GLOBAL ECONOMY China’s economic wobble casts long shadows on Asia

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An employee works at a nonwoven filter fabric factory, where the fabric is used to make surgical face masks, in Taoyuan, Taiwan, March 30, 2020. REUTERS / Ann Wang

SINGAPORE / SEOUL, Oct. 19 (Reuters) – China’s economic setbacks have tarnished prospects for countries in its orbit, from South Korea to Thailand, as severe factory slowdowns and trade shortages in the world’s second-largest economy, Asia, hit supply, like as well as demand sides.

China’s gross domestic product stalled in the third quarter, data this week showed, with growth hitting its weakest level in a year, hurt by power shortages, supply chain problems and a housing market crisis. Continue reading

For China’s trading partners, the slip brings new risks to a bumpy global recovery from the onset of the pandemic.

“Yes, growth elsewhere, namely in the US and Europe, appears robust,” wrote Frederic Neumann, co-head of Asian economic research at HSBC. “But it’s China that has been the main engine of growth in the entire region – and when it bubbles, Asian economies will lose much of their torque.”

HSBC analysis showed that Asia-Pacific economies from South Korea to New Zealand correlated much more strongly with changes in Chinese growth than with changes in US or European GDP.

For every percentage point China added to its growth, trading power South Korea reported about 0.7 points of additional growth, the bank’s economists said.

According to the analysis, South Korea was by far the most sensitive to changes in Chinese growth, followed by the exporting nations Thailand and Taiwan.

An expected slowdown in China has already prompted Citi analysts to downgrade growth projections for economies in the region, including South Korea, Taiwan, Malaysia, Singapore and Vietnam.

A Reuters corporate poll last week showed that the majority of Japanese companies were concerned that a slowdown in China, Japan’s largest trading partner, could affect their business. Continue reading

The slowdown is being felt across most of China’s economy, from retail to the factory sector, which saw its weakest production growth since the pandemic began.

China’s auto sales plummeted 19.6% yoy in September, industry data showed last week, and fell for the fifth straight month amid ongoing global semiconductor shortages and the power crisis.

There is also a risk of sharp declines in new construction starts on the Chinese real estate market due to regulatory enforcement as a risk for commodity exporters such as Australia. Continue reading

Iron ore prices have nearly halved since hitting a record in mid-May, with demand hurt by China’s steel cutbacks and real estate slowdown. Continue reading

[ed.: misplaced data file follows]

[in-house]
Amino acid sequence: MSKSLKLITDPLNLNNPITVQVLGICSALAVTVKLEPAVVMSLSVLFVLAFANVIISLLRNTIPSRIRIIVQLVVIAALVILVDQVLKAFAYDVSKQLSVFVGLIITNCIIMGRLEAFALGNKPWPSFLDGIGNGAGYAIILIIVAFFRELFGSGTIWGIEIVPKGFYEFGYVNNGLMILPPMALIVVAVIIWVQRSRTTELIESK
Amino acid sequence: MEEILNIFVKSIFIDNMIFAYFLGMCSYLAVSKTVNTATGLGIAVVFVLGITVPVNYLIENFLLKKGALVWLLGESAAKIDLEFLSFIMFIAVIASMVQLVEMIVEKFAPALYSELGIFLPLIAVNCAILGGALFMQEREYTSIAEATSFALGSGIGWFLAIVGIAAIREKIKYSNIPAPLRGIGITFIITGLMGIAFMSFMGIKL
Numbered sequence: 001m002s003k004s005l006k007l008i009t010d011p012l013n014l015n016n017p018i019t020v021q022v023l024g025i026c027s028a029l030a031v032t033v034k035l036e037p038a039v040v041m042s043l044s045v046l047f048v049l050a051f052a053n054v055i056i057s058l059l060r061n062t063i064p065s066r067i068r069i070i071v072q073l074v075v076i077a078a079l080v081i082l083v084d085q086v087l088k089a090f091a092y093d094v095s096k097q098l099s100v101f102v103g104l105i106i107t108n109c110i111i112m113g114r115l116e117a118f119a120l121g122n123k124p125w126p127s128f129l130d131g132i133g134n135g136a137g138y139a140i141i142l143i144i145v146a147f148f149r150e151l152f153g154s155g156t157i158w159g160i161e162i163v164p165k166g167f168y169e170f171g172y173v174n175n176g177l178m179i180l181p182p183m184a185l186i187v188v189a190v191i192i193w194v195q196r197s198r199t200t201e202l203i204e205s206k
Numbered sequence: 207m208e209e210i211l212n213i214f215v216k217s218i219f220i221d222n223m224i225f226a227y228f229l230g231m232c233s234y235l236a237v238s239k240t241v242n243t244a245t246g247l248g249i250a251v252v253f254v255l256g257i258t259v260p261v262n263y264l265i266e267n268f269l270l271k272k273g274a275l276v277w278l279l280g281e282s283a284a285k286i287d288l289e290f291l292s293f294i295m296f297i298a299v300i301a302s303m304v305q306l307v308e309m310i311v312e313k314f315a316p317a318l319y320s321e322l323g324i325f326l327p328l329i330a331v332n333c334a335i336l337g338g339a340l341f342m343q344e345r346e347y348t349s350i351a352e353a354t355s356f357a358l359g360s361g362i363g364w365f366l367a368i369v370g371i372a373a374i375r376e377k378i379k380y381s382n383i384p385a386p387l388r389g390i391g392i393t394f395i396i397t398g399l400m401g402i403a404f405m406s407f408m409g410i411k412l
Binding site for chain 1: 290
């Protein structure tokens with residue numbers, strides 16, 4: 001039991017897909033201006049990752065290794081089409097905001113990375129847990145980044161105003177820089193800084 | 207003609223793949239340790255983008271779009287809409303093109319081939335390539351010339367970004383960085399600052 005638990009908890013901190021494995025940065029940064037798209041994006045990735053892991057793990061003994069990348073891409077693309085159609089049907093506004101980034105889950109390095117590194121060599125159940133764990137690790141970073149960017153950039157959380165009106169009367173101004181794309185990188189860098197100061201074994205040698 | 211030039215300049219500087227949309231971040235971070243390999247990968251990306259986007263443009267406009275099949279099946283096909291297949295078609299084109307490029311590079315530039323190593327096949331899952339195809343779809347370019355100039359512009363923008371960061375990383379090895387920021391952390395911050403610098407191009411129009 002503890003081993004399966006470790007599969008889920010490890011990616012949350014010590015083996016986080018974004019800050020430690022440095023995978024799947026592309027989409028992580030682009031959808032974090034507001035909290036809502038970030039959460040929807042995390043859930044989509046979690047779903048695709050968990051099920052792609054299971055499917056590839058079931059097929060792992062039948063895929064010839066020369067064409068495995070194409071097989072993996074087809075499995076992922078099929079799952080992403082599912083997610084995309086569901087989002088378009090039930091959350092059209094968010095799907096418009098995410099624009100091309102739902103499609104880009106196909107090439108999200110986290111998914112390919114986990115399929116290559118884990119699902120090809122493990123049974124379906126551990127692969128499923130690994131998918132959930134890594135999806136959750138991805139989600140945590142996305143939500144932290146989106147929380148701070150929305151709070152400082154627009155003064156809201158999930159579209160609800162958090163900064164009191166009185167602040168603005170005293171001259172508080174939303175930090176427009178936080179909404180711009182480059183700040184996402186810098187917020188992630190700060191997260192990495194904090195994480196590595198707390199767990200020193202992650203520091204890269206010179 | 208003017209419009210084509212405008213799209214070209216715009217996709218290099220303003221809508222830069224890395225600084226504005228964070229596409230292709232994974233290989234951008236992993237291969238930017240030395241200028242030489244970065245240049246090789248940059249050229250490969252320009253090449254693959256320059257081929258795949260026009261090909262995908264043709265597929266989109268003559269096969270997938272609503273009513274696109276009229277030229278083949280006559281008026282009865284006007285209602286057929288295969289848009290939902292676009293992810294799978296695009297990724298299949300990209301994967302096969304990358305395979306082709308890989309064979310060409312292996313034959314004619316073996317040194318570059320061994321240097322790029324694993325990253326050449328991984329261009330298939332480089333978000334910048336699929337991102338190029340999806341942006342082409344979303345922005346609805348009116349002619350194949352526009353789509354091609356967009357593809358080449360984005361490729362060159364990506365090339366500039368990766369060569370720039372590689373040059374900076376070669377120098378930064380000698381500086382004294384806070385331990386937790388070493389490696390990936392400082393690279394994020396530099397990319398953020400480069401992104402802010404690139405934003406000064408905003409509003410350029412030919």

Last week, mining giant Rio Tinto (RIO.L) lowered its forecast for iron ore deliveries for 2021, mainly due to tight labor market conditions in Australia, but also warned of headwinds from China’s regulatory action. Continue reading

‘STAGFLATION’

Despite the risks from China, analysts will say Asia will be able to prevent a steep slump in domestic demand as improved vaccination rates allow countries in the region to shake off COVID-19 restrictions.

Likewise, Chinese demand for some goods such as fuel and food remains stable. This means that for the time being central banks are unlikely to deviate from their general departure from the monetary framework of the crisis period.

Singapore tightened its monetary policy last week. Continue reading

In addition to the broader demand shock, economies in Asia and elsewhere could worsen as supply-side problems in China, such as power shortages, worsen.

So far, China’s manufacturers and exporters have had to pass on the higher costs caused by supply bottlenecks from coal to semiconductors.

However, analysts warn that the inflation situation is fluid.

While weaker demand could ease price pressures, if left unchecked, supply chain bottlenecks could create a “stagflation” nightmare in which rising prices are accompanied by stagnant growth.

“I think it could potentially be a double blow now. With China being one of the economic engines for the region, any slowdown could hurt demand for regional goods and services,” said Selena Ling, director of treasury research and strategy at OCBC -Bank.

“Second, given the ongoing power crisis, policymakers will in all likelihood prioritize winter demand over industrial activity.

Additional coverage by Tetsushi Kajimoto, Kantaro Komiya and Leika Kihara in Tokyo; Orathai-Sriring in Bangkok; and Tom Westbrook in Singapore; Writing by Sam Holmes; Editing by Raju Gopalakrishnan

Our standards: The Thomson Reuters Trust Principles.


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